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July 22nd, 2004

Recent History

Over on Certain Doubts, Jon Kvanvig posed the following question

[W]hat are the three most important developments in epistemology over the last quarter century?

Jon framed that as a party-question, and it’s one party-question we could ask. But here at TAR we set out sights even more abstractly. As in questions like

What are the three most important developments in philosophy over the last quarter century?

Perhaps that’s a reasonable question to ask, but even I think it’s a little broad. So what about instead.

[W]hat are the three most important developments in metaphysics&epistemology (broadly construed to include mind and language) over the last quarter century?

I actually have reasons for asking, as well as (weakly held) opinions on what some of the answers should be. But I might follow Jon’s lead and hold off on saying these until there’s a bit of a discussion thread going.

Posted by Brian Weatherson in Uncategorized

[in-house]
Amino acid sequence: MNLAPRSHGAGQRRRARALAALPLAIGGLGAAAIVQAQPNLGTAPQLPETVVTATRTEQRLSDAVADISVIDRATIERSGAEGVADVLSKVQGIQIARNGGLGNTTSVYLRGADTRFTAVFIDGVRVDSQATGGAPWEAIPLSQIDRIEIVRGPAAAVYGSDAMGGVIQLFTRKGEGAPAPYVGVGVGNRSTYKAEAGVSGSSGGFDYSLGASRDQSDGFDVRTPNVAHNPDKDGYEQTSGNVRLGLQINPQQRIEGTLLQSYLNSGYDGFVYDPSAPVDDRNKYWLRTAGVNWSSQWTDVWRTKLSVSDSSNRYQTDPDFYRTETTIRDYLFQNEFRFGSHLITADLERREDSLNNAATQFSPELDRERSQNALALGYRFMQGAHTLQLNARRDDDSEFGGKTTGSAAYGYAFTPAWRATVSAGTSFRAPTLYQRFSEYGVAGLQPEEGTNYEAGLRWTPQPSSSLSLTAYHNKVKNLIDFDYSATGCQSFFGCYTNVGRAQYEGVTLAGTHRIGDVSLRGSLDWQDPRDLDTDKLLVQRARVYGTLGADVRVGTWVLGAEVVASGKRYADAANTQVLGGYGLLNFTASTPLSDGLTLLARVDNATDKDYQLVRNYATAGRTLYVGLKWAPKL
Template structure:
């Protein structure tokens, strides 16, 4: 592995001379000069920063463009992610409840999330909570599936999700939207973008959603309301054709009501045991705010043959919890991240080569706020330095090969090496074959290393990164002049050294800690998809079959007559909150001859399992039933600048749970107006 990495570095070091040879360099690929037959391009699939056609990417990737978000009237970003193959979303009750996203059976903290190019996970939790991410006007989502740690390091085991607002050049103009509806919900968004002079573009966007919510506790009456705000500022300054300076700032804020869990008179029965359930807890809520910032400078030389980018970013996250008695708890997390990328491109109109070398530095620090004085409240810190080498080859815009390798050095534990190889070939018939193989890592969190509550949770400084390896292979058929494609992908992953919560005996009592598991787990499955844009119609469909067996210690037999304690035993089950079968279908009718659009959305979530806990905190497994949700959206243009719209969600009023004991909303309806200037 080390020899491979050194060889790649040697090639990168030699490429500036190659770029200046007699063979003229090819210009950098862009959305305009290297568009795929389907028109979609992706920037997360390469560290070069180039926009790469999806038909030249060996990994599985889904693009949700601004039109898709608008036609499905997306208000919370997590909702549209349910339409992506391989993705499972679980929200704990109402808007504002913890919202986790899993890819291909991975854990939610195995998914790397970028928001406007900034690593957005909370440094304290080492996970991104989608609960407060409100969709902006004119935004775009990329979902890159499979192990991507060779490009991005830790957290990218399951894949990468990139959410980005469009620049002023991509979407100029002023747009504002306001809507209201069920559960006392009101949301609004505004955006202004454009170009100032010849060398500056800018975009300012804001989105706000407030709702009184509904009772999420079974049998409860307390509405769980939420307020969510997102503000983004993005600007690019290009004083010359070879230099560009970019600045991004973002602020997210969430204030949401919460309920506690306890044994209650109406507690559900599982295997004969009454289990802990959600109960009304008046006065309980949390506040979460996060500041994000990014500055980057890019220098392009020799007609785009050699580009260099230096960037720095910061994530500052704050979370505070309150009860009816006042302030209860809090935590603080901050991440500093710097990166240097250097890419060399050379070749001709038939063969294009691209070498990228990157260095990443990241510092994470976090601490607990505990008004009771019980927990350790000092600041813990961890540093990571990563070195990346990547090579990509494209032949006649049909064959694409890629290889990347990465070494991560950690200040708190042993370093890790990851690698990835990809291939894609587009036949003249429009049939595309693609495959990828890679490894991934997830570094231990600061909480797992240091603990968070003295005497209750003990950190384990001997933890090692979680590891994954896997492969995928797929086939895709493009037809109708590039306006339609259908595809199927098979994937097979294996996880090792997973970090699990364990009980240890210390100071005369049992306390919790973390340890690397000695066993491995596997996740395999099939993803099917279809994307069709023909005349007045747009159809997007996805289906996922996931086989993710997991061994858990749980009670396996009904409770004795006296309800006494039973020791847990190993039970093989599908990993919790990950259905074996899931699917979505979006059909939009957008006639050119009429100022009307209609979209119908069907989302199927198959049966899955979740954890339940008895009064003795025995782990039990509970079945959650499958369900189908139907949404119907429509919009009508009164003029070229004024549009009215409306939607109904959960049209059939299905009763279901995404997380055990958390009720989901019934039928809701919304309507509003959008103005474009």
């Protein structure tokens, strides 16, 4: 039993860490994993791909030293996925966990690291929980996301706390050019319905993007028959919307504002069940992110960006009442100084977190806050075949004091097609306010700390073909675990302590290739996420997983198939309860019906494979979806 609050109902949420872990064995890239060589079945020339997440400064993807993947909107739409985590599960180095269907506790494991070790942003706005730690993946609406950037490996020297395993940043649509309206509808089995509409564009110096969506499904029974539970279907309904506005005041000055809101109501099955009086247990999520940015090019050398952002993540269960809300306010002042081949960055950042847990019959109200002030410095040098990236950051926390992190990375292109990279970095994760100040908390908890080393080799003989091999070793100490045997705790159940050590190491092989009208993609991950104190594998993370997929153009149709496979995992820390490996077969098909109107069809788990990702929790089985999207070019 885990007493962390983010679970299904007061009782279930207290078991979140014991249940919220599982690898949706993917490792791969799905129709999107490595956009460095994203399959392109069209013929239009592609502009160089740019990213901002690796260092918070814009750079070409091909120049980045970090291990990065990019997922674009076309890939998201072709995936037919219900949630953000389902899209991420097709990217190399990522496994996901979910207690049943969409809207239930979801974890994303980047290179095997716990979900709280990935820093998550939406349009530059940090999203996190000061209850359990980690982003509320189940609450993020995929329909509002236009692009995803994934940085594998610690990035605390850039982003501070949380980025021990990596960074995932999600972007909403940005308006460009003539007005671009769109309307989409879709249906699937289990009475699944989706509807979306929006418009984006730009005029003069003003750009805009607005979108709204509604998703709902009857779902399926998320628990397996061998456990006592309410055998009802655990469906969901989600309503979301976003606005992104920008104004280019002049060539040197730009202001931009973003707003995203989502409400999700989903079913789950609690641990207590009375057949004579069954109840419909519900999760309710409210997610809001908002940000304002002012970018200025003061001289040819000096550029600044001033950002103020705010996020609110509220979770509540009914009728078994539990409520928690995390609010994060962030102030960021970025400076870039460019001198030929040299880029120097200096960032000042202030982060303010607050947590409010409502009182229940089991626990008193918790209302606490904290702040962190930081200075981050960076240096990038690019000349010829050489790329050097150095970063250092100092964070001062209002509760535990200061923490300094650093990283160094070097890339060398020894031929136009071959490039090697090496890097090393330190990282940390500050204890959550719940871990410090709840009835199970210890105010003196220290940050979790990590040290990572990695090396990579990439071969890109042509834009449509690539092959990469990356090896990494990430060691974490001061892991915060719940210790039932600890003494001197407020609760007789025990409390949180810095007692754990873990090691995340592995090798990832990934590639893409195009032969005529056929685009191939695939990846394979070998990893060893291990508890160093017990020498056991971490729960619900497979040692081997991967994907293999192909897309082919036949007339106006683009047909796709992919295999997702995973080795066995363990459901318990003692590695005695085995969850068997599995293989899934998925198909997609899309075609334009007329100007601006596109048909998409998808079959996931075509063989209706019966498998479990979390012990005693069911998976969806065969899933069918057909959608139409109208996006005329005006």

10 Comments »

This entry was posted on Thursday, July 22nd, 2004 at 2:07 pm and is filed under Uncategorized. You can follow any responses to this entry through the comments RSS 2.0 feed. Both comments and pings are currently closed.

10 Responses to “Recent History”

  1. Fritz says:

    1. we’ve seriously upgraded the quality of work being done in the philosophy of time (especially the metaphysics of time).

    2. we’ve had ordinary language philosophy return on steroids and try to force its way back into serious discussion. If that’s too cryptic for some people, it’s a way of expressing disapproval of some (*not all*) of the ways that linguistics and linguistic analysis are being used in metaphysical and epistemologogical debates.

    3. we’ve considerably broadened out the range of serious central topics in epistemology.

  2. Fritz says:

    I stuck to metaphysics and epistemology in that first post. Let me add one more for philosophy of mind (Brian – if I’m not allowed to add one more then cancel #3 in my first post).

    4. In philosophy of mind, work on 2 of the three main topics of the past 25 years (mental content, mental causation and consciousness) has been especially rigorous and fruitful. And not all work on consciousness has been bad.